This thesis is a film that transcends the planetary scale of climate change models by delving into the intimate realm of 'home' amidst our climactic crisis. Through this exploration, the film presents an alternative mode of engagement that aims to contextualize the life of the climate nihilist. Through visual storytelling, the film seeks to evoke an introspective and empathetic reaction to its characters and their eerily close proximity to us.

Although advanced climate simulations and surveillance technology provide objective means of understanding and analyzing the state of the environment, the abstract nature and scale of these models can lead to a nihilistic response to the climate crisis. By reframing these models to the human scale, the film carries the challenges of the seemingly insurmountable macro effects of climate change and documents their impact within our deceivingly benign domestic environments.

The notion of 'home' and our relationship with the environment has been shaped by a binary view that separates humans and culture from the natural world. Through the significant evolution of the modern home, an excess of technologies of comfort embedded within them continue to foster an illusion of distance that strengthens the disconnect between humans and their surroundings. However, this has resulted in homes that aid and embed our objectification of the environment and enable our overall nihilism toward climate change.

In the film, a family living within a state-of-the-art smart house is provided unparalleled comfort and protection from the elements within the remote mountainous forest in California. However, when a forest fire threatens their safety they bunker down, leading to an unexpected turn where their family structure and behaviors become as fragile as the shelter that had once safeguarded them. The home and its occupants embody the principles of climate nihilism, wherein acts of defiance and resistance take precedence over adaptable resilience to the escalating dangers of climate change.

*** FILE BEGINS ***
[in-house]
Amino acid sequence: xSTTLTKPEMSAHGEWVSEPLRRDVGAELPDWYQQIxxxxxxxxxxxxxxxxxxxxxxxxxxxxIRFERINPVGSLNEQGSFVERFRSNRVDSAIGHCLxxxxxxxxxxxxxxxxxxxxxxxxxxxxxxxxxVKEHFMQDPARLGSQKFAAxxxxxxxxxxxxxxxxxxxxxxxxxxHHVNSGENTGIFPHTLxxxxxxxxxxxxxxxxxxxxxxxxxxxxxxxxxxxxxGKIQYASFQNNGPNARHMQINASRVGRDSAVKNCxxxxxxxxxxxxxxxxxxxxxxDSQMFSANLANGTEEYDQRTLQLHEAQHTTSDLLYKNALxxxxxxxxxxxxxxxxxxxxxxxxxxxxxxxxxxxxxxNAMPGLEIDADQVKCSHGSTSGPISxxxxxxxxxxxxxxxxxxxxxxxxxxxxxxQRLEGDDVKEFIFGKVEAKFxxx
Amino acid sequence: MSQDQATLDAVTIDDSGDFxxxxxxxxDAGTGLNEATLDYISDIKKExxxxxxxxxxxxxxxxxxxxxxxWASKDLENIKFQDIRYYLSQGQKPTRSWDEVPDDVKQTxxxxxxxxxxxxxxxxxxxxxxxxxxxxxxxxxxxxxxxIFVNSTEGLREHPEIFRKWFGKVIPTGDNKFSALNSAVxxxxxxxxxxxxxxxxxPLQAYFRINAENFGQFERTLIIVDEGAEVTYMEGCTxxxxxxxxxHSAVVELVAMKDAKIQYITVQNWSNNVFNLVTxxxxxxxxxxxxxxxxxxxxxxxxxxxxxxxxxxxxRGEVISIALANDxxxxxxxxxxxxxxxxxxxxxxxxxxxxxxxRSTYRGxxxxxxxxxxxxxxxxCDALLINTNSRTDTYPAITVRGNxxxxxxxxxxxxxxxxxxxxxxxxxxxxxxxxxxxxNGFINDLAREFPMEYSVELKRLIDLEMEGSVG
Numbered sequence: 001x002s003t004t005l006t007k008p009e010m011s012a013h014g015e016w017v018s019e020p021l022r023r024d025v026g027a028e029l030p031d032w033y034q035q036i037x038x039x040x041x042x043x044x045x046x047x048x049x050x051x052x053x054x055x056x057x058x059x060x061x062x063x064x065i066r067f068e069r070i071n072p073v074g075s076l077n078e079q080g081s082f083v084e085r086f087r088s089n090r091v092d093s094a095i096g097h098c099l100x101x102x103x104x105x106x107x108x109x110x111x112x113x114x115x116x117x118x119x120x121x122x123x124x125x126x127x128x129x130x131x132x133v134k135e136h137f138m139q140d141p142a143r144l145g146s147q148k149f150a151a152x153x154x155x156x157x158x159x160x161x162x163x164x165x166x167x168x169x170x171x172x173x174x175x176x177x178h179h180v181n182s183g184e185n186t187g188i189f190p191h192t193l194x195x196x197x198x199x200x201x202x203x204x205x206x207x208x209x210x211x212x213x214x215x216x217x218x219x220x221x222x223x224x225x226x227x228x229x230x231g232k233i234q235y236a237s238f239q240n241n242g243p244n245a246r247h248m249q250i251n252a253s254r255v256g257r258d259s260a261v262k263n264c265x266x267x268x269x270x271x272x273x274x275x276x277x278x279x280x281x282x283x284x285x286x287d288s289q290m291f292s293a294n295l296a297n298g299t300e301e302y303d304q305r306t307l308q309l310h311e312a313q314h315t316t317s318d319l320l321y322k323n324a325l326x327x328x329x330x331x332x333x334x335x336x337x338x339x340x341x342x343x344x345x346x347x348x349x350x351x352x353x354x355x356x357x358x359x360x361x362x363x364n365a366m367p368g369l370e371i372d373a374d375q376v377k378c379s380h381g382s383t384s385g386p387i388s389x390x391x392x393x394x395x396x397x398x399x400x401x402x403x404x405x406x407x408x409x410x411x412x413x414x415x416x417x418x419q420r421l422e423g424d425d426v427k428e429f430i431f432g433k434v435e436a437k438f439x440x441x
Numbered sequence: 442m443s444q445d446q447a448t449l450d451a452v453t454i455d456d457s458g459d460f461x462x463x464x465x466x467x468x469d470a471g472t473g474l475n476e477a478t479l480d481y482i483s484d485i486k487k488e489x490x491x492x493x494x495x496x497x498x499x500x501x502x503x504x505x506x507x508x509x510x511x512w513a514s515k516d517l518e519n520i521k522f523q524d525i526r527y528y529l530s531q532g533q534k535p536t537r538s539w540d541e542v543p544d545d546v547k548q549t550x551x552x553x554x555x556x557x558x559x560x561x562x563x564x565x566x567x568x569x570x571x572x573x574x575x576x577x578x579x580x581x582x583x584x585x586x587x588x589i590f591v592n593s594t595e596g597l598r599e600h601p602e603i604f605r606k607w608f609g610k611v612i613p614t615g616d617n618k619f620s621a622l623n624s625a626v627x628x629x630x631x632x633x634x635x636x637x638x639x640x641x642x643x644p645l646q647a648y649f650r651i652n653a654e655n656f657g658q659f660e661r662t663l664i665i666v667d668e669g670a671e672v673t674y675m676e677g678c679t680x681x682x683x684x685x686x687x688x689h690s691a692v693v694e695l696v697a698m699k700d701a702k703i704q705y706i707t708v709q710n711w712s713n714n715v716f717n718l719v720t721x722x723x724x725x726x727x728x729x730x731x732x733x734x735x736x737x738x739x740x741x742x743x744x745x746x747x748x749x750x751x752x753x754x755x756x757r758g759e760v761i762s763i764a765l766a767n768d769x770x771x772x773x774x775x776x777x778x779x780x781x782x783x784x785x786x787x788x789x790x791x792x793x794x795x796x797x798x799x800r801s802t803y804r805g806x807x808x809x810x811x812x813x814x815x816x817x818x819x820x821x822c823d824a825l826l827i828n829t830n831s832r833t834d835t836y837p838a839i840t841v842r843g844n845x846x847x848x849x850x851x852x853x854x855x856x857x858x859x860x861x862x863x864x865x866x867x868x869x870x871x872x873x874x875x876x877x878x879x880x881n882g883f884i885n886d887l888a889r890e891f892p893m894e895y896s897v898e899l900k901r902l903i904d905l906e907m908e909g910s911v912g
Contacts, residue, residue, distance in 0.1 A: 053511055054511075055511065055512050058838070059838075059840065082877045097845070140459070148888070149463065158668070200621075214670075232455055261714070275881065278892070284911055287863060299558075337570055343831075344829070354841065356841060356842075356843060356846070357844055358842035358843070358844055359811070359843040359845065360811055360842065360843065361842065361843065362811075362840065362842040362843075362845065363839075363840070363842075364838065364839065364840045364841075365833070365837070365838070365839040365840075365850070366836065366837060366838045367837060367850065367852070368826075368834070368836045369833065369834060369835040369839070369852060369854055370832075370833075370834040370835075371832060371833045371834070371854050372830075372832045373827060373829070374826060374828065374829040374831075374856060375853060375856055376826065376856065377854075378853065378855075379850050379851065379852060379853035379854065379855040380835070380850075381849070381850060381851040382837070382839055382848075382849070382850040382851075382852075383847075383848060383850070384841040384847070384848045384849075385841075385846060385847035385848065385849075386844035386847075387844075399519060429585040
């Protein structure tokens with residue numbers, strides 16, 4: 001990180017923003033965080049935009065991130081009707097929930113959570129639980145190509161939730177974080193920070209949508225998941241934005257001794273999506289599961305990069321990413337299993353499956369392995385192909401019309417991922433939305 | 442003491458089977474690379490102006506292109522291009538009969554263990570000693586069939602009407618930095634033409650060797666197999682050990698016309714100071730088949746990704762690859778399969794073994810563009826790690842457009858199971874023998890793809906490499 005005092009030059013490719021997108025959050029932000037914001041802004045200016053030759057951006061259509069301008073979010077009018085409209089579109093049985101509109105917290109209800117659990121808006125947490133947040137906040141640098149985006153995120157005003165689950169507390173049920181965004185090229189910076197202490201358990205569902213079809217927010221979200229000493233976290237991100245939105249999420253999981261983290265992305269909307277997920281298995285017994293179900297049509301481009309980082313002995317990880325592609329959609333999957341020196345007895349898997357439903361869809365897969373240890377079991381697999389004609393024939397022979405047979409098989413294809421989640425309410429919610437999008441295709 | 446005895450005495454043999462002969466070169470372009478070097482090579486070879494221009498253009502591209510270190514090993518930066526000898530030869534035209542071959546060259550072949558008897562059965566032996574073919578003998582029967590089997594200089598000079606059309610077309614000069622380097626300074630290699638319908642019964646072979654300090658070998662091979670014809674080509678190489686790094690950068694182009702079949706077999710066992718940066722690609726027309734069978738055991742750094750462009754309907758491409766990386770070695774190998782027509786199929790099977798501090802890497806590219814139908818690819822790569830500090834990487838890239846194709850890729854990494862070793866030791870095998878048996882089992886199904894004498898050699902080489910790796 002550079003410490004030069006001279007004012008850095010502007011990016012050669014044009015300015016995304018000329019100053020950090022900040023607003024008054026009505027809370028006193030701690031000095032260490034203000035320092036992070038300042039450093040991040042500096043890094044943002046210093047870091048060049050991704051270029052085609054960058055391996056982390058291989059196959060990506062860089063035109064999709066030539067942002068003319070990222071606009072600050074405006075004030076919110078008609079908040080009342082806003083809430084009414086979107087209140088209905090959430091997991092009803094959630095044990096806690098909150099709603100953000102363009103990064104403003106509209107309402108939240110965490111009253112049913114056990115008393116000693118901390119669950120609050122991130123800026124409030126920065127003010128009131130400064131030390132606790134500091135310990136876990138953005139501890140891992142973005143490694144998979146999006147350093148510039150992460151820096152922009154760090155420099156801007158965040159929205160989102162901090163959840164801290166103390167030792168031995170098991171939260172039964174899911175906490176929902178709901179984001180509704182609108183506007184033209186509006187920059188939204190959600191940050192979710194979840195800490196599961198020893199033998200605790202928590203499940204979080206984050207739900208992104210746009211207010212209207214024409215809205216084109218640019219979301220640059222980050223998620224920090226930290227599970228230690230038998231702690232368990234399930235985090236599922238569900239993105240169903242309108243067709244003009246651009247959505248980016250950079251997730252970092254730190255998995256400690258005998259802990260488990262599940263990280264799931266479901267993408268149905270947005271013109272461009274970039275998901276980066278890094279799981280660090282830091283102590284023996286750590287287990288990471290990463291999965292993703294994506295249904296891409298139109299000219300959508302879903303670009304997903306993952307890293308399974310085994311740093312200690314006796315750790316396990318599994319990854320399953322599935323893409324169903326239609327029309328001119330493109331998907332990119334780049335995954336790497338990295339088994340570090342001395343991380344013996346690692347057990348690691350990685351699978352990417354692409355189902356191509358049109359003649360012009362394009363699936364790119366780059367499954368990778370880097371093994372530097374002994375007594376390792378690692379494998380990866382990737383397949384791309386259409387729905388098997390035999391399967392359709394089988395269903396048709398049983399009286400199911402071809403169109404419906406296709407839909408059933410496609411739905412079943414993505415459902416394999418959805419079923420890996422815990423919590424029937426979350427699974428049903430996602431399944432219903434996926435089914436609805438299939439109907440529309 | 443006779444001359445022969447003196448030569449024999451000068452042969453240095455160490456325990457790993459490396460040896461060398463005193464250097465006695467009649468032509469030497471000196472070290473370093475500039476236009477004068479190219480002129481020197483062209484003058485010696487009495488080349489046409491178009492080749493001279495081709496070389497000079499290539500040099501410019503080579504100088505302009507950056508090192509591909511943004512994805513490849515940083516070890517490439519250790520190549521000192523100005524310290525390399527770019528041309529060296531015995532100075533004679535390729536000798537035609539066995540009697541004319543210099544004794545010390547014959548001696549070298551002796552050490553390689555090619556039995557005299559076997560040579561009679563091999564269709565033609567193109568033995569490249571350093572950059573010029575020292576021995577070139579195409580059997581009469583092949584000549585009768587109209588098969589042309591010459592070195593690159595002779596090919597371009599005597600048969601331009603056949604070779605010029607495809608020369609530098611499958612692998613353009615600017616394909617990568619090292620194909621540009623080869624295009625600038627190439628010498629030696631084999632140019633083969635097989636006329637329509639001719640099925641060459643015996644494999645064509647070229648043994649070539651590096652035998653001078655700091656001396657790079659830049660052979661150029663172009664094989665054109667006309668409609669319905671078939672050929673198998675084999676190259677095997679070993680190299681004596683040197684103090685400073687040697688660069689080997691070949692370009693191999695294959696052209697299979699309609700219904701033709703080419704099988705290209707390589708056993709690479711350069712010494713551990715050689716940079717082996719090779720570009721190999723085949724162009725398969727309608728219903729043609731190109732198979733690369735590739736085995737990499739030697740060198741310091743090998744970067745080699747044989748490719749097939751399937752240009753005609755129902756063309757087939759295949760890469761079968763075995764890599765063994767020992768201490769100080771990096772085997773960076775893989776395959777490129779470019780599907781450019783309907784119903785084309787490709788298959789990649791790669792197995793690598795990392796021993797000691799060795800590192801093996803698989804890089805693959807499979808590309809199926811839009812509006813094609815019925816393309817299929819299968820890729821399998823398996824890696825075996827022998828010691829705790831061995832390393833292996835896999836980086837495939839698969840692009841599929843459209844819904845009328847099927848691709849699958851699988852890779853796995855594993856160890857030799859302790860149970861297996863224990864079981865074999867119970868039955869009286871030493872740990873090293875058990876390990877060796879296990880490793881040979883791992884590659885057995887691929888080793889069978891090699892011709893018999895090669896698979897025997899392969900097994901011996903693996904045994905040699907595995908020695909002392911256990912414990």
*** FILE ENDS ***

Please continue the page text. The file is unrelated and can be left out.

Through harnessing the intimacy of our 'home', a novel mode of architectural engagement emerges in service of a stronger sensibility and empathy towards the state of our planet. This tale challenges whether the walls of the 'home' are enough to inspire the fortitude and hopefulness necessary to confront the daunting challenges we face beyond.

Jack London Freedman (M.Arch 2)

Advisor: Elena Manferdini


Geoengineering, Ecology, Aesthetics

The aesthetic-cultural concept of the sublime is a phenomenon predicated on the time and place in which it is being invoked. 18th century idealism, 19th century romanticism, and 20th century deconstructivism each made use of the sublime to ponder a higher power, the limits of reality, the borders of consciousness, and the relationship humans and non-humans have to each other and the worlds around them. These are invaluable thought processes, and yet we are living in a time of exponential change, one of urbanization, reconciliation, and devastation. The sublime in the 21st century and beyond doesn’t look like that of previous generations, and it can be brought into focus at the site and scale of geoengineering. Here, ecologies of climate remediation and the sublime are reciprocal: just as metropolitan albedo modification points to a novel architectural sublime, this sublime can allow us to rethink geoengineering and ecological justice.

This novel architectural sublime interrogates the 18th century idea of scale, working within transfinite set theory - a mathematical way to describe the fact that there are infinite ways to describe a grain of sand just as there are infinite ways to describe our galaxy - to redefine the value of the infinite, the limitless, and the uncountable. Instead, this thesis highlights the sublimity of the countable, the microscopic, and the human.